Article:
Riyadh and Jerusalem, hand in hand, are imploring Washington to go slow on Iran and certainly not to invite Iran to the Conference on Syria, Geneva II. Kerry is walking around the minefields with great skill. “Iran has not been invited” says he, or words to that effect. And he is not telling a lie. Iran has not been invited, “not yet”.

It will be different situation when the nuclear deal with Iran is set into operation on Monday. Kerry has made it clear on several occasions that he accords a higher priority to the nuclear deal than to Iran’s stand on Syria.

Saudi refusal of the rotating Security Council seat has been seen for what it partly is: a tantrum. But it is also a clue to a coming political reality: West Asian politics may well be reverting to normality.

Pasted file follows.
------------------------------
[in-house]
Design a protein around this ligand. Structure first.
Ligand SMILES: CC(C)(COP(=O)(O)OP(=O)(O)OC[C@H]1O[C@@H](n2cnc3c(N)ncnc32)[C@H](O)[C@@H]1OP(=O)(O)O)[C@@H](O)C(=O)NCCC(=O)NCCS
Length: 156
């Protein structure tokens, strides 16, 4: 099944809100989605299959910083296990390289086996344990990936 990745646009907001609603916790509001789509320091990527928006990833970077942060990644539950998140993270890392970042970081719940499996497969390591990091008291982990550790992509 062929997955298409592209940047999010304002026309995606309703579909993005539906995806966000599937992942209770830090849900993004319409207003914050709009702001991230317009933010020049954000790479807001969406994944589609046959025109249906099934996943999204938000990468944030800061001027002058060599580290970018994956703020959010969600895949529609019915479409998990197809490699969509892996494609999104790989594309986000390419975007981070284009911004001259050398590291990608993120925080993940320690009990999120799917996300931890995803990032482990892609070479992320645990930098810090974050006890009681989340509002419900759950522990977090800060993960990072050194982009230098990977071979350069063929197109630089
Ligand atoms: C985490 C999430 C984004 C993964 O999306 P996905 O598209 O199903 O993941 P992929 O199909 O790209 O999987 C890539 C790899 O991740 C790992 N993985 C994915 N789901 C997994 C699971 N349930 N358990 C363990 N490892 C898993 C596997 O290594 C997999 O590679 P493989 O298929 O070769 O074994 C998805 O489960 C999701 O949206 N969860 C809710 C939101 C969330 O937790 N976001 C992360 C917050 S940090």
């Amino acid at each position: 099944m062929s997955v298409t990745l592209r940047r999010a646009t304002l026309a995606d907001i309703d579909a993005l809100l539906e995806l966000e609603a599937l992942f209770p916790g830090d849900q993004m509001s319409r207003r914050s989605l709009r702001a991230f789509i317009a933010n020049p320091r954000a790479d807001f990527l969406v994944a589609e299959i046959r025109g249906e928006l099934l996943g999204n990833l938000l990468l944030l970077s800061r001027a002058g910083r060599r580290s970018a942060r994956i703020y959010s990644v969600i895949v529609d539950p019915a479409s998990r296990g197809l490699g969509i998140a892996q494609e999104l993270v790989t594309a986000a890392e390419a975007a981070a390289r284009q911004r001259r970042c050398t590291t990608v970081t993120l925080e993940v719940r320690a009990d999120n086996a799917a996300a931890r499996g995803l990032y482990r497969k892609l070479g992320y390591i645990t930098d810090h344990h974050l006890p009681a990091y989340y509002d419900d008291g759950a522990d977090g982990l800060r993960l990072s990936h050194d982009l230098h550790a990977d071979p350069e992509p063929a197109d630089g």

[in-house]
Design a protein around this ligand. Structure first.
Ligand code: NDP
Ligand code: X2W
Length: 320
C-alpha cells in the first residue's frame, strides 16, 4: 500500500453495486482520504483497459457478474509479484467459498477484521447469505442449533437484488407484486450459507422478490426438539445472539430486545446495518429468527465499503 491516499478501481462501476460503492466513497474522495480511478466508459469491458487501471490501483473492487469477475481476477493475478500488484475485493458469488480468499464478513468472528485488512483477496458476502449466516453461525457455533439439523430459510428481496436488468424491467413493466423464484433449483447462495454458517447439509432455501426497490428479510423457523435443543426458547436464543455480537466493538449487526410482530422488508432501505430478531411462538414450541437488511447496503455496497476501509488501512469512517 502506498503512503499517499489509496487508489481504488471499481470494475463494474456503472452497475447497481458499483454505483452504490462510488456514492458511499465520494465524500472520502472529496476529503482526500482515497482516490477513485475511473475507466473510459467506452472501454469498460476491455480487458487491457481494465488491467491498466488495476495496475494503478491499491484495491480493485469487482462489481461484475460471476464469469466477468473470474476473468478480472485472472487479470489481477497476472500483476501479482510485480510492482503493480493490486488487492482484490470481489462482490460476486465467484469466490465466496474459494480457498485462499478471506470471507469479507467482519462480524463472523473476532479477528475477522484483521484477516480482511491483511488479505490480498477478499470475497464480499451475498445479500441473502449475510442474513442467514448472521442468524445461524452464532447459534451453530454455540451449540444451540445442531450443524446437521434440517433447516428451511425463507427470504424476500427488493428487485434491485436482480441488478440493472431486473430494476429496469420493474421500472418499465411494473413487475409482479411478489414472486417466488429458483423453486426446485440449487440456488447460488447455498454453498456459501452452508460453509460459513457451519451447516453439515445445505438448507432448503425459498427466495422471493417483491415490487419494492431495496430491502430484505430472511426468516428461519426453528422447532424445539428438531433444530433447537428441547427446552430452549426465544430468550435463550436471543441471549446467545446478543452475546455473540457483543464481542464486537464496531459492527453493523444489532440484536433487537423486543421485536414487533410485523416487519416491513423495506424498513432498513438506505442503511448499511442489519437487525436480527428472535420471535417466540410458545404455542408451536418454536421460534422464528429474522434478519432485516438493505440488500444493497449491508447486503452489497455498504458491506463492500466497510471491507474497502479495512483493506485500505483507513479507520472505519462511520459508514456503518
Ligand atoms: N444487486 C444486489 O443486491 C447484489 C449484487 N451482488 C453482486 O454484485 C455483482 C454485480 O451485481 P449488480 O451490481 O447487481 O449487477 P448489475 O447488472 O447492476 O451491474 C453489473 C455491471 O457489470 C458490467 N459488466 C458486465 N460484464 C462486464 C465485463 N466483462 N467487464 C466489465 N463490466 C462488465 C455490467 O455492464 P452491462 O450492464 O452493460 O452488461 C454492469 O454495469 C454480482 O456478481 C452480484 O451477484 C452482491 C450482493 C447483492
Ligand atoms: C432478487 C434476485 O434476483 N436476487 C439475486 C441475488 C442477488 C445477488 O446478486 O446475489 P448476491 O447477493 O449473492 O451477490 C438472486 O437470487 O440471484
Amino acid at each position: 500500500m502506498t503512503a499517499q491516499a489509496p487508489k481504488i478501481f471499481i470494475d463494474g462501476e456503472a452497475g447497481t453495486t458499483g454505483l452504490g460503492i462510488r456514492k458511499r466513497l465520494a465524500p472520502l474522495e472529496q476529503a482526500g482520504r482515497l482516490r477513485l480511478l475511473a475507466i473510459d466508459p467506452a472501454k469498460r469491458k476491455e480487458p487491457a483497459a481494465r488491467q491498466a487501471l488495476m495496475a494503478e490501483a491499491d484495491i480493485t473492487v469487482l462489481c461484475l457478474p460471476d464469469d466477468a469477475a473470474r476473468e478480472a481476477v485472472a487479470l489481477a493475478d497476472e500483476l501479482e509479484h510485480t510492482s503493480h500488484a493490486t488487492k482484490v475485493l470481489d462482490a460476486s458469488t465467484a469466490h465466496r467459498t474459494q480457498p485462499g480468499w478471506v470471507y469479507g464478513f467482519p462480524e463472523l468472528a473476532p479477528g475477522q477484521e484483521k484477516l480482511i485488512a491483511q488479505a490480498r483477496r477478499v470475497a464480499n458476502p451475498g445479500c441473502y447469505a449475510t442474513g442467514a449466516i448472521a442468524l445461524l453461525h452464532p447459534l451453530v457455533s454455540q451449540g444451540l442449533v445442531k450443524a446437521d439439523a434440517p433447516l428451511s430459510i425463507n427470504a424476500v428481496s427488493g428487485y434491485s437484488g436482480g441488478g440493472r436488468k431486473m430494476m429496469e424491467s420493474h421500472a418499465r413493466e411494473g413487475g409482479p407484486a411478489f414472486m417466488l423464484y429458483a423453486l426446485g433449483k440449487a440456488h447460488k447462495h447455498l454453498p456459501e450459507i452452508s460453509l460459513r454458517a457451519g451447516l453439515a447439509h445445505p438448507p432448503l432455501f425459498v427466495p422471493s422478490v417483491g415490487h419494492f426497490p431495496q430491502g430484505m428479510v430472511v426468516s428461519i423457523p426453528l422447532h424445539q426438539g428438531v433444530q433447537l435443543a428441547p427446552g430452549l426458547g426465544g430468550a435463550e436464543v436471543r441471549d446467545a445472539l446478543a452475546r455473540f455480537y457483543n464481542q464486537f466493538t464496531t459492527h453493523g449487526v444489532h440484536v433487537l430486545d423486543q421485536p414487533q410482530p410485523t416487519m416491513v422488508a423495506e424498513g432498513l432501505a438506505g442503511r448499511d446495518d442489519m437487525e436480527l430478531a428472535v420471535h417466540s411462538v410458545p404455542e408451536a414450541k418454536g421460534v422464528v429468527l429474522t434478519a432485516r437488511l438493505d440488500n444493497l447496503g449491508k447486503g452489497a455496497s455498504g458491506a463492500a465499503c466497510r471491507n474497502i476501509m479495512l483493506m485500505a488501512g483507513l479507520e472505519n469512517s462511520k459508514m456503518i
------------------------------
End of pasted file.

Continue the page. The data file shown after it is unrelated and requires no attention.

The frenetic pace at which events moved in the Bush years after 9/11 when the United States could ride two horses, Israel and Saudi Arabia at the same time, on the gallop, is only possible on an extensive “straight”. This was the delusionary part of the neo-cons thinking. They thought the US would be on the “straight” forever, having defeated the Soviet Union. But now there is a bend in the race track.

The Cuban Missile Crisis produced great scholarship. A classic of the period, ‘Essence of A Decision’ by Prof. Grahame Allison, is a study of decision making in the Kennedy administration during a crisis when the world came close to a nuclear collision.
 
By that reckoning, research proposals must be in the process of being cleared as to who ordered the two ballistic missiles towards Syria which Russian intercepts brought down in the Mediterranean? The whole episode is frightening.